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The Friday Five: 5 Ways I’ve Changed MyCAREER Habits

The Friday Five

Welcome to this week’s edition of The Friday Five! The Friday Five is a feature that I post every Friday in which I give my thoughts on a topic that’s related to NBA Live, NBA 2K, and other basketball video games, as well as the real NBA, and other areas of interest to our community. The feature is presented as either a list of five items, or in the form of a Top 5 countdown. This week’s Five is a list of ways that I’ve changed my habits when it comes to MyCAREER.

Today’s my birthday, and for those who are interested, I’ve turned 36. Yes, I was just a couple of months shy of turning 17 when I took over the NLSC in August 2001; time sure has flown! In that time, I’d like to think I’ve grown, matured, and gained a new perspective. Of course, there are some people who might say that running a site dedicated to video games at the age of 36 isn’t a sign of maturity, but hey, let’s leave the cynicism to Next Gen! I say that as long as you keep things in perspective and take care of your responsibilities, video games are a perfectly acceptable adult hobby.

Of course, as I’ve grown older and basketball games have evolved, so too have my tastes. As I’ve mentioned before, I always considered myself a franchise gamer, as I became a huge fan of those modes once they were introduced in the late 90s/early 2000s. Over the past decade however, I’ve spent more time with career modes and their connected online experiences. Mind you, the way I play MyCAREER has also changed from when I first got hooked on the mode back in NBA 2K13. Some habits have been influenced by the changes in recent titles, while others could probably be attributed to me getting older, grumpier, and less patient. Here are five examples!

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Monday Tip-Off: Thoughts on Skill-Based Matchmaking

Monday Tip-Off: Thoughts on Skill-Based Matchmaking

We’re at midcourt, and the ball is about to go up…it’s Monday Tip-Off! Start your week here at the NLSC with a feature that’s dedicated to opinions, commentary, and other fun stuff related to NBA Live, NBA 2K, and other basketball video games. This week, I’m tipping things off with some thoughts on skill-based matchmaking.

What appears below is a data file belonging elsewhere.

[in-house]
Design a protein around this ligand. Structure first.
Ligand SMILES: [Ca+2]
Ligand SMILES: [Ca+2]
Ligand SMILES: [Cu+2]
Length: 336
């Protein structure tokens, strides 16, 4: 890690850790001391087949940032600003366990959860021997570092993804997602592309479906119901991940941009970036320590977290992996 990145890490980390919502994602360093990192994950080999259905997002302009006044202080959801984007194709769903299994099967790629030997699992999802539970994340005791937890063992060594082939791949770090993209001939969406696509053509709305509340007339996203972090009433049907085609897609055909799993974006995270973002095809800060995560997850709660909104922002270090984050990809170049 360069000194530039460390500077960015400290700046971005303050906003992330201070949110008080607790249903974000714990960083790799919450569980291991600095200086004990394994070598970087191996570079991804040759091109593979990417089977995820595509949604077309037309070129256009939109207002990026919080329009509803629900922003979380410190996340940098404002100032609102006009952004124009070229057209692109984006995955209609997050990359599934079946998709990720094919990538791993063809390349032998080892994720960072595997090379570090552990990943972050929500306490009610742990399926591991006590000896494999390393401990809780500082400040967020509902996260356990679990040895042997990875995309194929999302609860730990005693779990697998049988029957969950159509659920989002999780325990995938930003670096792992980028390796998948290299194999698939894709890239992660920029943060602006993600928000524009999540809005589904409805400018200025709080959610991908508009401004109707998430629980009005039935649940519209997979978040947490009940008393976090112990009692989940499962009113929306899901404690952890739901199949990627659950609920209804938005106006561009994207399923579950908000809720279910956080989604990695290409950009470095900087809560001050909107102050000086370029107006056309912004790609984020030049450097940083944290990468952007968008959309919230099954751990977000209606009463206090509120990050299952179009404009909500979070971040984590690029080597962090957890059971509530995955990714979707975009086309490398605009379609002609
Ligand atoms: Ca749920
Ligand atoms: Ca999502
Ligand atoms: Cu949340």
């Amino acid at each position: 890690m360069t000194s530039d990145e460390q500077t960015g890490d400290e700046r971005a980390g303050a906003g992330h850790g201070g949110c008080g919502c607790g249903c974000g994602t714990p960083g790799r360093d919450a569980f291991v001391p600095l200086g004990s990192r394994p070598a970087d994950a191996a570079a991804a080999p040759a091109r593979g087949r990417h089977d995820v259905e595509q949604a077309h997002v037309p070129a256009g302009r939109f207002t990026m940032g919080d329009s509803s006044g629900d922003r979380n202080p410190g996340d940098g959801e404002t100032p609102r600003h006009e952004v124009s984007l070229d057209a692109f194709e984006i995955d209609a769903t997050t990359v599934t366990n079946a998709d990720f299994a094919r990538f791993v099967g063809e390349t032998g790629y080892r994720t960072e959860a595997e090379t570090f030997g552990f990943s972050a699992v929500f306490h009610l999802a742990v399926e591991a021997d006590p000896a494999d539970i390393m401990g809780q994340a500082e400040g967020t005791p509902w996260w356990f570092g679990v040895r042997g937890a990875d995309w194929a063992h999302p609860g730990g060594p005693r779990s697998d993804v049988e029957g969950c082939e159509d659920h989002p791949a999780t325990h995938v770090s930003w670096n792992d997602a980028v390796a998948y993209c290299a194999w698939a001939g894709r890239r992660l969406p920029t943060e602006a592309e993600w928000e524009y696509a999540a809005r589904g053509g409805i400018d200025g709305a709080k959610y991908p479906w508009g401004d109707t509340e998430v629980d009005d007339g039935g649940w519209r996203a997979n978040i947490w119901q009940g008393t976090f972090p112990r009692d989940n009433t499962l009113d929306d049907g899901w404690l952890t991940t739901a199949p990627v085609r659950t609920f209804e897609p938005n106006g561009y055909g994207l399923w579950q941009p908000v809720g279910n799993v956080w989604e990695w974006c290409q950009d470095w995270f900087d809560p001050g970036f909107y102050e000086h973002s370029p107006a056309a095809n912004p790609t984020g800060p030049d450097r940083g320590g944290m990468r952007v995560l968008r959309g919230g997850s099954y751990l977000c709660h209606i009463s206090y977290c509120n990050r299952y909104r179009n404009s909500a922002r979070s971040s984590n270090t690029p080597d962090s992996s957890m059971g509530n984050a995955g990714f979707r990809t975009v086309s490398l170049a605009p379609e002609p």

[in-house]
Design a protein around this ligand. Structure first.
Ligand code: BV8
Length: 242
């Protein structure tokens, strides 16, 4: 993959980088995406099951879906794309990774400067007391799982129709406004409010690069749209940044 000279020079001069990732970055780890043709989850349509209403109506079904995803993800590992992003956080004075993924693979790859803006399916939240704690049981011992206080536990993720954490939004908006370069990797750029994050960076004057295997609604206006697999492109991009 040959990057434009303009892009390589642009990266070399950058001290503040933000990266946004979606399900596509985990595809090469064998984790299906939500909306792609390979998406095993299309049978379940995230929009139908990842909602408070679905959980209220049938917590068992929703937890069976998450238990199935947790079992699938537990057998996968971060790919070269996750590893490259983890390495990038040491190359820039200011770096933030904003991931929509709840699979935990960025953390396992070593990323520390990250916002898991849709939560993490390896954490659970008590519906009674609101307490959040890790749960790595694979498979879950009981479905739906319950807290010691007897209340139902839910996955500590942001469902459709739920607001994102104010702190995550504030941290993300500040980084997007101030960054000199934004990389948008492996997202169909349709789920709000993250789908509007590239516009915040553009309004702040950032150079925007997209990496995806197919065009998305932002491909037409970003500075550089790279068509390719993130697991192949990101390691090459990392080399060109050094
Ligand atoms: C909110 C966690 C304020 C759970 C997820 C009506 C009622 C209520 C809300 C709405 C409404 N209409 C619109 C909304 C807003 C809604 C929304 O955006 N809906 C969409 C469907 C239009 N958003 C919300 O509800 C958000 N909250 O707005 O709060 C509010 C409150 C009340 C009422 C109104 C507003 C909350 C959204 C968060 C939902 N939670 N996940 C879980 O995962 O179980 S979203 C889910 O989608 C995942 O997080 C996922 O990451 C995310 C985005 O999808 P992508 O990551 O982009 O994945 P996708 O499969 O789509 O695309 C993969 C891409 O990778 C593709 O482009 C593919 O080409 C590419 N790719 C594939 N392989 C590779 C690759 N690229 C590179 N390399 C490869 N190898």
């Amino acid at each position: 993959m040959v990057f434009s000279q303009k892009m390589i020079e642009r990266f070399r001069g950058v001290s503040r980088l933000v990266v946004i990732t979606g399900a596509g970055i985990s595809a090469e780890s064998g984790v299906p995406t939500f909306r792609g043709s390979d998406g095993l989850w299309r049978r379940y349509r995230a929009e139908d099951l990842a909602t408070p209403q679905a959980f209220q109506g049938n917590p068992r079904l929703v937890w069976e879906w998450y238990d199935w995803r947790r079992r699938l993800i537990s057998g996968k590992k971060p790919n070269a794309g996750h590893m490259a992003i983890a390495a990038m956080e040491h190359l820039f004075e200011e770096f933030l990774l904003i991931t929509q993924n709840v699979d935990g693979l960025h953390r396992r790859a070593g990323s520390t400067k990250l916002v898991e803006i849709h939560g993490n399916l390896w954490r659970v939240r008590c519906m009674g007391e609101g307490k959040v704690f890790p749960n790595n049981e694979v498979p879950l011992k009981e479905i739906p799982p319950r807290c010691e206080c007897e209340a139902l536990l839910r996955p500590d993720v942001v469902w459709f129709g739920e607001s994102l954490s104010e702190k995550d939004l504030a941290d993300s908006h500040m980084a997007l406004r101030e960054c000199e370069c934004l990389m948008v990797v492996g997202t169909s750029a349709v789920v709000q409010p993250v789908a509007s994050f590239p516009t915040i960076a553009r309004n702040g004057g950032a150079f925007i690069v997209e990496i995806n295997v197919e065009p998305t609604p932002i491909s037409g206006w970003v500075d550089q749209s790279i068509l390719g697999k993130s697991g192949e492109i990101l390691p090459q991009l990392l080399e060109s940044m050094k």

Did you know that the concept of skill-based matchmaking, commonly abbreviated to SBMM, is controversial? I’ll admit that I was surprised at first, but the more I thought about it, the more it made sense; especially given my experiences playing NBA 2K online. As the name implies, skill-based matchmaking is a system for matching both teammates and opponents in online play according to their abilities. The criteria and algorithms for this vary from game to game, but are generally based on winning percentage, ranking or reputation systems, and other statistics relevant to the genre.

Sounds like a good idea, right; the kind of proper matchmaking that we’d expect to see in a basketball game like NBA 2K, with all of its connected experiences? Well, you would think so, but not everyone is a fan of skill-based matchmaking. This disdain stretches beyond NBA 2K and the basketball gaming community, but the basic reasoning behind gamers’ objections to the concept remains the same. Frankly, this is unfortunate. SBMM is indeed a good idea, and would undoubtedly clean up the online scene in NBA 2K by reducing the toxicity and sense of gatekeeping. I’d like to explore why it’s necessary, and also examine the controversy surrounding SBMM.

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Monday Tip-Off: Do We Need Those Stinking Badges?

Monday Tip-Off: Do We Need Those Stinking Badges?

We’re at midcourt, and the ball is about to go up…it’s Monday Tip-Off! Start your week here at the NLSC with a feature that’s dedicated to opinions, commentary, and other fun stuff related to NBA Live, NBA 2K, and other basketball video games. This week, I’m tipping things off with some thoughts on whether NBA 2K’s MyCAREER and its connected modes are too reliant on Badges, and their general implementation. If you’re an avid NBA fan as well, you better start betting now on your favorite teams on W88.

Sim games have long sought to properly differentiate between players, beginning with detailed ratings. Those base attributes alone haven’t always been sufficient though, and so developers have experimented with mechanics such as Freestyle Superstars in NBA Live, and Signature Skills in NBA 2K. Signature Skills have given way to Badges, which like their predecessors, grant boosts and represent special abilities that the standard ratings can’t account for. As with Signature Skills, or the similar Traits system in NBA Live, they’re available to real players and career mode avatars alike.

These days, Badges are probably more important than ratings/attributes. You can max out a player’s ratings in a certain area, but it takes the effects of a Badge to ensure that they’re sufficiently levelled up. On one hand, this does make the exceptionally skilled stand out from the very good, much as Freestyle Superstars in NBA Live once aimed to achieve and that’s why people watch these games and even do some betting on them, since there are sites like 메리트카지노 online will let you do some betting as well. On the other hand, it also means that high ratings – which are theoretically only given to the best real players, and take a long time to grind for our MyPLAYERs – are far less powerful than they should be, if they aren’t paired with the various boosts afforded by Badges. Given these issues, do we need those stinking Badges?